I wish for my pictures to connect emotionally with others, now and in the future. I hope they are able to revisit them as I do and see something slightly different each time.



What attracts you to the medium you work in?

I use a variety of tools and mediums, ranging from brushing acrylic and oil on canvas, palette knifing paint onto linen or wooden boards, to drawing with ink, watercolours – more recently electronic pen on a digital screen.


What equipment could you not do without?

Probably a pencil and paper – but a camera phone is a very close second.


Who or what inspires you?

My early influences included the post-impressionists; the use of colour and expression of Edvard Munch. The energy, passion and ingenuity of Picasso. Frank Bowling RA has been major influence on my latest series of intuitive semi-abstract paintings. I researched Bowling who I see as a true ‘poet of paint’ for my final year dissertation. Bowling inspired me to layer and then wash off paint which fragment my figures and transform my landscapes into colourful ‘mindscapes’, reflecting an essence and atmosphere of a scene or a state of mind.



How is your work affected by living in this area?

As an ex-Londoner I dreamed of living on a hill by the sea, so I’m loving the Sussex coast with its own micro-climate and ever-changing atmosphere creating special clear light and fresh channel breezes. Many local features appear in my landscapes such as the Brighton & Worthing Piers that exude an iconic mix of vintage glamour, combined with rust and decay.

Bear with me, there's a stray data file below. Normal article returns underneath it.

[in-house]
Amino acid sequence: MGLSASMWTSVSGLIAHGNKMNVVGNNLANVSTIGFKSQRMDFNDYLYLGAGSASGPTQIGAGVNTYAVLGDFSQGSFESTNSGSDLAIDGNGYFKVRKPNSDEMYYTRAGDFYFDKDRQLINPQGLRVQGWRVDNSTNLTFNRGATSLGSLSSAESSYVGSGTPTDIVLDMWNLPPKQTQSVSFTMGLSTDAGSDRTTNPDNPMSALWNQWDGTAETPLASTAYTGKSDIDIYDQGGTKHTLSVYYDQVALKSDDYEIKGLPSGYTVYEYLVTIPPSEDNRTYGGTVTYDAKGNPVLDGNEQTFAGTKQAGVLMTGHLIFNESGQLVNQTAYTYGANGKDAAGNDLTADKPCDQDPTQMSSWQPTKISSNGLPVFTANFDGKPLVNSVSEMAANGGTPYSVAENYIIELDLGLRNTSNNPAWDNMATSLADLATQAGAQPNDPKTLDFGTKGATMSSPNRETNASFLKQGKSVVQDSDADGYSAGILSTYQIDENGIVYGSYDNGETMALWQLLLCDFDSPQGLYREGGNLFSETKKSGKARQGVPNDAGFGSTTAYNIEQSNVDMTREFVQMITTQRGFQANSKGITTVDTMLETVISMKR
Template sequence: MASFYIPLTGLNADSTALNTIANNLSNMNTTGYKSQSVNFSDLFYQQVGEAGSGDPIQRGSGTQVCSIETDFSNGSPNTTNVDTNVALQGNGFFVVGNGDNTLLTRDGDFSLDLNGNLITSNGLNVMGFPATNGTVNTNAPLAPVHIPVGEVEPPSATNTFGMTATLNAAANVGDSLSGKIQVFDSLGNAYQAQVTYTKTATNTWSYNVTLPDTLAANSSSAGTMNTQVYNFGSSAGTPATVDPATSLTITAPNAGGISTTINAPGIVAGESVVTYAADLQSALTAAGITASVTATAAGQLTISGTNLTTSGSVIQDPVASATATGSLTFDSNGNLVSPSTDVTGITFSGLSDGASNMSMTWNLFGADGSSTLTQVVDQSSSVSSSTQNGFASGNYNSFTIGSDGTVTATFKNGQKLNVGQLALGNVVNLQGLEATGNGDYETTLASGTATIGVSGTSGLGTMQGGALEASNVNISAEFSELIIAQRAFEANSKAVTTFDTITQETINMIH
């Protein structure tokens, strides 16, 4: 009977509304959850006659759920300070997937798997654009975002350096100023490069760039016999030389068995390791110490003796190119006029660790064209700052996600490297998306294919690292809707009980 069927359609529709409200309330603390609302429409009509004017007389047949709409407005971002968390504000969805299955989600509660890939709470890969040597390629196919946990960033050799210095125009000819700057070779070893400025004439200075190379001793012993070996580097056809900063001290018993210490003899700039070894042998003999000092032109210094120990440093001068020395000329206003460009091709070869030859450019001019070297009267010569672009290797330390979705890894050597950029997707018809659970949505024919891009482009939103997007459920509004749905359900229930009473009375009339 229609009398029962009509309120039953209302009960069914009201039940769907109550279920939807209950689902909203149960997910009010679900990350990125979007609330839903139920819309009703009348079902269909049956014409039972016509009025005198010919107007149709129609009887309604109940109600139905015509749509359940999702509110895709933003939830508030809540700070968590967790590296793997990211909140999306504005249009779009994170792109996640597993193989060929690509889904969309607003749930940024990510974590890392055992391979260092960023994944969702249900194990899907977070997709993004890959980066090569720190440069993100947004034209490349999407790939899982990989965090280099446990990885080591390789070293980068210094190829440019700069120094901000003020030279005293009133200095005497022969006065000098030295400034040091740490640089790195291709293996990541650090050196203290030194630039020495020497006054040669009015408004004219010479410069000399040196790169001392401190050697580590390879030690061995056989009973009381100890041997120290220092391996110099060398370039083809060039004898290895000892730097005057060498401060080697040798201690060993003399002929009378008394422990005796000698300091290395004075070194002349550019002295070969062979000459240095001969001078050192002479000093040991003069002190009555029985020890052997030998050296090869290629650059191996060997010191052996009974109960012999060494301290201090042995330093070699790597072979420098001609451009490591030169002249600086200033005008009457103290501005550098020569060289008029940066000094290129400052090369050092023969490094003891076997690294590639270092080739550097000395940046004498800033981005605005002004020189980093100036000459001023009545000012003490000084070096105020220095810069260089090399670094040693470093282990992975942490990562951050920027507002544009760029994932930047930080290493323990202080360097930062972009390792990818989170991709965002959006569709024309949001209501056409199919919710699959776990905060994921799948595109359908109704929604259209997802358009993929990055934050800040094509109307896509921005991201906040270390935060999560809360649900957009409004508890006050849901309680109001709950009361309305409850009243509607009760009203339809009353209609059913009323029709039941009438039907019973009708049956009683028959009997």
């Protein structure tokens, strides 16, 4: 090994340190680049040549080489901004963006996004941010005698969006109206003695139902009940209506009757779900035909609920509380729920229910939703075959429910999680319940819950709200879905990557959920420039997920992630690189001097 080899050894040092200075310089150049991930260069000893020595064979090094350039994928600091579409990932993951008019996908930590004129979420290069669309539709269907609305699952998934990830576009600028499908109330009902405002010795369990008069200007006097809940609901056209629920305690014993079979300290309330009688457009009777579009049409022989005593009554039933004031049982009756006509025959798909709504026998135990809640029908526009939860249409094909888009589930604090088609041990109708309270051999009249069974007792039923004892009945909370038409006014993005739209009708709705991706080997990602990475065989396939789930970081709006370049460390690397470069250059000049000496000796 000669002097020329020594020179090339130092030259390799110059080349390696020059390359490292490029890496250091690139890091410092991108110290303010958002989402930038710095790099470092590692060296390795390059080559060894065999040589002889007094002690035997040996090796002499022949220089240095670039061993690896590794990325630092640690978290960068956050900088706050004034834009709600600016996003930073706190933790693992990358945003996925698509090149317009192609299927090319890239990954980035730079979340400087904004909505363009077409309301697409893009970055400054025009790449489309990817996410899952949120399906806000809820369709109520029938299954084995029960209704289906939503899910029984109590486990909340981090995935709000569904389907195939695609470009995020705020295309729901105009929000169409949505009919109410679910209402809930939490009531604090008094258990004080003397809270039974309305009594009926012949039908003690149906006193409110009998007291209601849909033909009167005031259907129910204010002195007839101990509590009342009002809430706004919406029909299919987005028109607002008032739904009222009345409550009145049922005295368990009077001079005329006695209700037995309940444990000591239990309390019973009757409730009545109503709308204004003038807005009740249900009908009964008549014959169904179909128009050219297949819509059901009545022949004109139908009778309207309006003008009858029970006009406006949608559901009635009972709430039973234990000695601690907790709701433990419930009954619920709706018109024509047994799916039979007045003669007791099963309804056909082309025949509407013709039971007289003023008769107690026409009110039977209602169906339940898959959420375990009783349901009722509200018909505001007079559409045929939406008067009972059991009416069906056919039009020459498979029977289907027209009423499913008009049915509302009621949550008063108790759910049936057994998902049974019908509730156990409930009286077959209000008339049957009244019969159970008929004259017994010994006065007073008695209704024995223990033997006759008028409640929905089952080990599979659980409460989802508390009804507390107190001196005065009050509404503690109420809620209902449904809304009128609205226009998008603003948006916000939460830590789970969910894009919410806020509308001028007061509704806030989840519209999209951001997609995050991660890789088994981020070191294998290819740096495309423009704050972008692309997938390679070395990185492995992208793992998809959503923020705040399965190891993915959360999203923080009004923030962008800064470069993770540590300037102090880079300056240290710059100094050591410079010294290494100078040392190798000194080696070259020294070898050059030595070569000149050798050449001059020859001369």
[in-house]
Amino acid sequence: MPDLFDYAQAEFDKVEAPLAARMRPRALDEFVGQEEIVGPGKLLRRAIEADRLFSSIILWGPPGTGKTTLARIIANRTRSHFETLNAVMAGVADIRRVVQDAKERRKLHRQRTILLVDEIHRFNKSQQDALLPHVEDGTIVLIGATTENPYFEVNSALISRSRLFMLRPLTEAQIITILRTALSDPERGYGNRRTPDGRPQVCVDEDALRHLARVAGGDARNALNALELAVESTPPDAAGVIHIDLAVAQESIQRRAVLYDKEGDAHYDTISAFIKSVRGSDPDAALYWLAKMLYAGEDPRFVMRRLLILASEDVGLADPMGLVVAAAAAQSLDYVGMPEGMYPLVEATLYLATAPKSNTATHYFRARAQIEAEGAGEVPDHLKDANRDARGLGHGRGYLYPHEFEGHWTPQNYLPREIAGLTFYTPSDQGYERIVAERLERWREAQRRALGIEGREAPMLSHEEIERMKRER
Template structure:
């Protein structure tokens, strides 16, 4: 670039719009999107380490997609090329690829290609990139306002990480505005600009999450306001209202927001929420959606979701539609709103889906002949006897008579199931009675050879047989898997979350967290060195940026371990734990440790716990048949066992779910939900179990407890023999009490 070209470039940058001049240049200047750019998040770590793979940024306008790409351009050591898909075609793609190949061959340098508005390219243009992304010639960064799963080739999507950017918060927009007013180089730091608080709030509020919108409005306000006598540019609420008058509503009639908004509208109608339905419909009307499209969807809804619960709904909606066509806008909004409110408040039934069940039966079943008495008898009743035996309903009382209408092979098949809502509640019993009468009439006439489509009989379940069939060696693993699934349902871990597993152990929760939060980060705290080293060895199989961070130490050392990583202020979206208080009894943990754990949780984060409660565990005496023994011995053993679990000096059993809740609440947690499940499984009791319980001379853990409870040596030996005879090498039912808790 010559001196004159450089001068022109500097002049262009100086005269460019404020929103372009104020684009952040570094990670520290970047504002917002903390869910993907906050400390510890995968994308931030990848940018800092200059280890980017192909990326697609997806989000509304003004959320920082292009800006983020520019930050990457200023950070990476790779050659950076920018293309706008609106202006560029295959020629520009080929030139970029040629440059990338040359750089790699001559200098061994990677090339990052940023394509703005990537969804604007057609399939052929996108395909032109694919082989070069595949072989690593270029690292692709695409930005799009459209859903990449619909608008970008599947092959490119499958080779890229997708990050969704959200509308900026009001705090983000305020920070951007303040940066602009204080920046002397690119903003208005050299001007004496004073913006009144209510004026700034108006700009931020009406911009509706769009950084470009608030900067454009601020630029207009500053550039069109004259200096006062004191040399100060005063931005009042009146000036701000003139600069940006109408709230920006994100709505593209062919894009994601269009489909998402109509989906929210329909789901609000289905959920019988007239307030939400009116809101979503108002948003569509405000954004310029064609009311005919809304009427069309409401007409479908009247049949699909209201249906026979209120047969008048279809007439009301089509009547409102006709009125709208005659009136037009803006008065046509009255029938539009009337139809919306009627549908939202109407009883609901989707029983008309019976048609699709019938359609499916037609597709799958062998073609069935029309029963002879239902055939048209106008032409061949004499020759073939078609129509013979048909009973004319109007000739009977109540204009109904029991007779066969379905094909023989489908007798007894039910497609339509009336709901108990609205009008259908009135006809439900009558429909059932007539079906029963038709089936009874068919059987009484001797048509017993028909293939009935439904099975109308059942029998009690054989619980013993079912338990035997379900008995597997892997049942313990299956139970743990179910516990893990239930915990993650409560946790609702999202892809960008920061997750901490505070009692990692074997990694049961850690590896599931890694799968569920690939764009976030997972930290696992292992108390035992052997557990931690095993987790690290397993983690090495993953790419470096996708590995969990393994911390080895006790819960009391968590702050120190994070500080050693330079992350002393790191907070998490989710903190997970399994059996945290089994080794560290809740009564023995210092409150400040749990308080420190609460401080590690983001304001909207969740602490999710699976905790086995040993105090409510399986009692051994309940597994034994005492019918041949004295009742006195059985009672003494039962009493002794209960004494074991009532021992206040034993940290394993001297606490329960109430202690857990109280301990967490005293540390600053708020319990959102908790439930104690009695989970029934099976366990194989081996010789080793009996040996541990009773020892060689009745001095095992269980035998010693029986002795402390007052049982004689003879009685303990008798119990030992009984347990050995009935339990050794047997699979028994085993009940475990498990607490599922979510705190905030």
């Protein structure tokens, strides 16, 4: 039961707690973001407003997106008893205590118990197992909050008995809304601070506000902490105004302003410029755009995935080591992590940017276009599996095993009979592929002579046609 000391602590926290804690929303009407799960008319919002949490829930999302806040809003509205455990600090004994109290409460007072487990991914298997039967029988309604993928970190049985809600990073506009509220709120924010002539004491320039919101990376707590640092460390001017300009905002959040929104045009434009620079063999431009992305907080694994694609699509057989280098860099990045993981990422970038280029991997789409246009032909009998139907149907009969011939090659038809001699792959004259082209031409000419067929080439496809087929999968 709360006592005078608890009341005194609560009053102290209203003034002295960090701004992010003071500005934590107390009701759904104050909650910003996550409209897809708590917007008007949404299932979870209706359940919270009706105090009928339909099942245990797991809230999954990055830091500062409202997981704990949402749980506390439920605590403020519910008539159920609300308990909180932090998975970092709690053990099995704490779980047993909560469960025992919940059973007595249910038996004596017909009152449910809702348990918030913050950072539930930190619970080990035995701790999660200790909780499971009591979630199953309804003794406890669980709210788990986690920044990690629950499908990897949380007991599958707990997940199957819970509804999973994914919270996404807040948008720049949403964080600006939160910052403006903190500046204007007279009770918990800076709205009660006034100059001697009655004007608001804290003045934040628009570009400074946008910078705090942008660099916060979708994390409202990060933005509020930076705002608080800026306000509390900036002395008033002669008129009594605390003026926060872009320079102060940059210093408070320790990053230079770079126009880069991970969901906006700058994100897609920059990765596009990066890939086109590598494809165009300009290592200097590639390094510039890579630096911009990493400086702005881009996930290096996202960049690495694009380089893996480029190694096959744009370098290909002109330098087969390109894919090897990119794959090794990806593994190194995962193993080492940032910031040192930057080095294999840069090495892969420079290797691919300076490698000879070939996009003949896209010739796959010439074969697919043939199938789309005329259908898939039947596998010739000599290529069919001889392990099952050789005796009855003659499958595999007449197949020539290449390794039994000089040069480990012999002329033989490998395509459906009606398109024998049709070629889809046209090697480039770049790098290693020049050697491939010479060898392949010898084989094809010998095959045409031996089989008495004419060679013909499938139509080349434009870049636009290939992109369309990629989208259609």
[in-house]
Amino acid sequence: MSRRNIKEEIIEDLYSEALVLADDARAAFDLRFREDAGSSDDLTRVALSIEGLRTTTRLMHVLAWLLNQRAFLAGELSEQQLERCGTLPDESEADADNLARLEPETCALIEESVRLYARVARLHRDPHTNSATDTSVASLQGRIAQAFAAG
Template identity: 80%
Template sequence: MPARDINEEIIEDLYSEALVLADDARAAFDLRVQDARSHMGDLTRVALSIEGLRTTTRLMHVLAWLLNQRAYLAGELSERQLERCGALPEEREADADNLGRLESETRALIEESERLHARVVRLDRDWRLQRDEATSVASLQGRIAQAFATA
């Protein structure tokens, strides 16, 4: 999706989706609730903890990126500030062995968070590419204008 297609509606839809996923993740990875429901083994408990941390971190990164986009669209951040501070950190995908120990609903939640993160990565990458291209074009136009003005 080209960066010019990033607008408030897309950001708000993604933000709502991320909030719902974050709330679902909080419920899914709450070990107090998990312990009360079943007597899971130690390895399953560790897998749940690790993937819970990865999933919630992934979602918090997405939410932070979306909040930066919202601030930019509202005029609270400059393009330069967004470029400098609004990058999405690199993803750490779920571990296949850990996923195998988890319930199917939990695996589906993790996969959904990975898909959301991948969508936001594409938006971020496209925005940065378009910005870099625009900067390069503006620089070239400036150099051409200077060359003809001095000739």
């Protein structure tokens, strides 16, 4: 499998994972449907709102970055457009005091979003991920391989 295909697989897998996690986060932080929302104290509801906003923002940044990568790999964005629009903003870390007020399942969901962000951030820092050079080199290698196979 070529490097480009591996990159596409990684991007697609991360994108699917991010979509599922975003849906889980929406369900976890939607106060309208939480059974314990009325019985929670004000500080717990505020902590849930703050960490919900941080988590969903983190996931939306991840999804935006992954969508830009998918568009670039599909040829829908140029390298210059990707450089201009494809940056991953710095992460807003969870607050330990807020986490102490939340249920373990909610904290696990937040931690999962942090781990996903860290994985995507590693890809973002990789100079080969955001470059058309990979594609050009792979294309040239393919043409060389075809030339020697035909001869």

What’s your favourite thing to do locally?

I walk on the Downs and picnic on beach with friends and family, enjoy a swim in the sea on sunny days. I do like to wander in the Lanes and look at latest work shown in local galleries.

An evening out in Brighton to meet mates in a pub or meal. Share conversation, laughs and debate over a few drinks and good grub – ideally the night capped off with some late-night music venue or comedy (at the Komedia’s Krater club).


What’s your favourite gallery (or place to see/experience art)?

Probably Tate Britain – beautiful building and surroundings on the bank of Thames – as I adore the wonderful variety of old and modern works on display at any time.



If you could collaborate with one artist, from any time, who would it be and why?

I’d love to work with Frank Bowling’s and hinted at helping out in his London studio, via correspondence with Frederik his grandson (Bowling’s studio assistant and communication manager). Although following Bowling’s wonderful retrospective at Tate Britain last summer – I may be waiting for long time for call back and in a very long and growing queue of artists offering to collaborate.


What’s your favourite colour?

My favourite colour has changed over time. When I was a young lad it was “Royal Blue”, influenced by my support of Everton as football team, as opposed to my big brother’s Man U. We were living up North at that time; also, I loved toffees!

It then was orange and my living room walls briefly glowed as a result, until the launch of a telecoms company declaring life was a citrus fruit – which questioned my choice of favourite colour. My personal selection of palette is initiative and often reflects my mood at that time.


To find out more about Tom and his work, check out his website and Instagram.